The current crisis is worsening the economic situation and seriously endangers the ambitious –and often popular- social programmes launched by the president in the past ten years such as the exemption of health-care user fees from pregnant mothers and children below five, free schools, a reform of primary school, and a new health insurance scheme. Key donors (Belgium, EU, USA, the Netherlands, Germany) have already frozen aid programmes and threatened to pull out totally if the situation continues to deteriorate. [JBF]

Ethnicity failed to rear its head in the 2010 elections, with hardly any political opponents using the discourse of ethnicity during the campaign. The exception was Pasteur Habimana (from a small party – FNL-Iragi rya Gahutu) who, whilst campaigning in Rumonge Commune, Bururi Province, called on Hutus to ‘stop Tutsis from ever returning to power’. He was, apparently, condemned by the main Hutu-dominated parties. In popular discourse extremist Hutus hold the view that Tutsis still retain power, despite Hutu dominance in government. So far, the conflict is not framed in ethnic terms, for two main reasons:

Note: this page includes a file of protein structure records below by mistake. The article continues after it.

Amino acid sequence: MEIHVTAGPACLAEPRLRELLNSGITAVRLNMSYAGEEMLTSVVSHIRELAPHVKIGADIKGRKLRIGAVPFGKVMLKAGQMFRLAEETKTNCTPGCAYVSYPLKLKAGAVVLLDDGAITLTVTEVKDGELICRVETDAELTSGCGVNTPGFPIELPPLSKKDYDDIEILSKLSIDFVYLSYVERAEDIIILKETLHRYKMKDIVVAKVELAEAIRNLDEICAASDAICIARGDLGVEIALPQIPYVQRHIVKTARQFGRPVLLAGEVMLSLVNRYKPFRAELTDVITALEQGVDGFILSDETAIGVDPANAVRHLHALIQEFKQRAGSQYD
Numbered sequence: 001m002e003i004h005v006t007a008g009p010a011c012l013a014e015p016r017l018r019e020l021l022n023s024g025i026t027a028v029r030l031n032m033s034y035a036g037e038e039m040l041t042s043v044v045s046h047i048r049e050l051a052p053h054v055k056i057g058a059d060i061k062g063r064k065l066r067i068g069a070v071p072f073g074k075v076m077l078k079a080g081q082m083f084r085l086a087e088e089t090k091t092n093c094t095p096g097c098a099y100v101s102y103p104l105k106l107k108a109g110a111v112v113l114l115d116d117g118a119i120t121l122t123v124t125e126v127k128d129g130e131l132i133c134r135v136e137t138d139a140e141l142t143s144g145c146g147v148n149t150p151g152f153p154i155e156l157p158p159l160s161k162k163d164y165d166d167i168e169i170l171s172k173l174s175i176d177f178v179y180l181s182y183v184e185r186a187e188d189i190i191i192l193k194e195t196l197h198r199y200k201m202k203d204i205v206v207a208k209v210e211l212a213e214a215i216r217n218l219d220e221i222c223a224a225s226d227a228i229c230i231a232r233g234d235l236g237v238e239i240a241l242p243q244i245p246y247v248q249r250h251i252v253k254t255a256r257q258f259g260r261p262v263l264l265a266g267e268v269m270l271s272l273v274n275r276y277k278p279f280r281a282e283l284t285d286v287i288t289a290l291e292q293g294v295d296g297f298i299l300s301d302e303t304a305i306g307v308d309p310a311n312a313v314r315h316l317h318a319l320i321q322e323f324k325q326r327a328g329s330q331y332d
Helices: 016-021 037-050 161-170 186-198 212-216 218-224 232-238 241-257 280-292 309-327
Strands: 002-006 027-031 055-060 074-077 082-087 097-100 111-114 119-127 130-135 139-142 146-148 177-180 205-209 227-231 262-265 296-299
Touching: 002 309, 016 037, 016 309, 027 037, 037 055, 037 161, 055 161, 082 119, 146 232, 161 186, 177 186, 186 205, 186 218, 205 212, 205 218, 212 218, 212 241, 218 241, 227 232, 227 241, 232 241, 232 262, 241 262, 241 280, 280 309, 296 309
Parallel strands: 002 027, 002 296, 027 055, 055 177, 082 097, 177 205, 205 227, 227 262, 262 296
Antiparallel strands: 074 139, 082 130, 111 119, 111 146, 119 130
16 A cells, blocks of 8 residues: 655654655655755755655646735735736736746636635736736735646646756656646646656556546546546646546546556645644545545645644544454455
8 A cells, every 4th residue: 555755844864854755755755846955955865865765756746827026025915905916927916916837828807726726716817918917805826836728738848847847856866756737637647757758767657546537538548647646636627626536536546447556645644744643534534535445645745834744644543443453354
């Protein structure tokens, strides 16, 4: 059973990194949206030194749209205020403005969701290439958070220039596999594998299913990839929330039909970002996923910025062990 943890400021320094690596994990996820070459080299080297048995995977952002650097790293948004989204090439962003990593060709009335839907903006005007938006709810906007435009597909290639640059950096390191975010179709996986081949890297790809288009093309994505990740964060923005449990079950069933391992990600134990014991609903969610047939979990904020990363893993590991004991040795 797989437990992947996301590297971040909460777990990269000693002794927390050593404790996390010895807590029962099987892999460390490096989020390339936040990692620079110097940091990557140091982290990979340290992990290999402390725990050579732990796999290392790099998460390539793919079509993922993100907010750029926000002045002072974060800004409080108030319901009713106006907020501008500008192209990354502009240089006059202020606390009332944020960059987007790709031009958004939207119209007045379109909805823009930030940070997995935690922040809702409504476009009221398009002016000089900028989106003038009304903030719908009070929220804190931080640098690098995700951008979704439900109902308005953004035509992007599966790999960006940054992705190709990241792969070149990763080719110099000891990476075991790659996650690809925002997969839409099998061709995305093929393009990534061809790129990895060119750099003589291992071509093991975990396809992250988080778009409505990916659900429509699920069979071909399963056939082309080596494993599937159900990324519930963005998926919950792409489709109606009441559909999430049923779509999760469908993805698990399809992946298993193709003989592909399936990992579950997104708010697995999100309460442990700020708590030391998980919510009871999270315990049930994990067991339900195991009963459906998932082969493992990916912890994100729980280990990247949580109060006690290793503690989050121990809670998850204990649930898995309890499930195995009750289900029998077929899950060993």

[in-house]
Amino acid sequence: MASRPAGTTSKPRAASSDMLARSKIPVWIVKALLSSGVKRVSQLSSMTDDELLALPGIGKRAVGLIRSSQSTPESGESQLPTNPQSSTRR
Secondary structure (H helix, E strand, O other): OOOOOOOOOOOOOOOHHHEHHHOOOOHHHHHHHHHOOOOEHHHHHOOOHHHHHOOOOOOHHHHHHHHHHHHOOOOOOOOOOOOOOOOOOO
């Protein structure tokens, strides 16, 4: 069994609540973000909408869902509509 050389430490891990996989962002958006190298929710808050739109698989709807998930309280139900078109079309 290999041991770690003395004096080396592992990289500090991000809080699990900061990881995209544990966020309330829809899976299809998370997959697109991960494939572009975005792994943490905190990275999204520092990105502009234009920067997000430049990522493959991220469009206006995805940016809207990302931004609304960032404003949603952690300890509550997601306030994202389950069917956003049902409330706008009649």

Firstly, ethnic divisions do not necessarily overlap with political divisions, which are at the epicentre of the current crisis. The leader of the failed May 2015 coup, Major-General Godefroid Niyombare, is a Hutu and a former member of Nkurunziza’s rebel group and CNDD/FDD. He and other prominent party members were expelled by Nkurunziza from the party in February 2015 for criticizing his bid to run for a third term (Niyombare seems to have escaped capture but his Tutsi collaborators have been arrested). Yet, political in-fighting within CNDD/FDD and its contestation with FNL (the National Liberation Front) suggest that ethnicity is not the fault line that it was in the past. The bulk of political violence against other parties since the end of the war was towards the FNL, a Hutu-dominated party (and more recently against MSD). It is useful to note that historically (and more recently, by virtue of the constitution), Burundi’s political parties have always been multi-ethnic, drawing on regional alliances. This did not prevent most of them from operating in the interest of the ethnic group that dominated the party. For example, the longest ruling party in Burundi’s history, the Union for National Progress (UPRONA), was always seen as a Tutsi-dominated party with Hutu members. In the same vein, one could argue that the ruling party, CNDD-FDD and its main opposition FNL are predominantly Hutu parties with representations from other groups. Cross-ethnic alliances are more meaningful on the ground and, therefore, stronger among the poor urban and rural communities.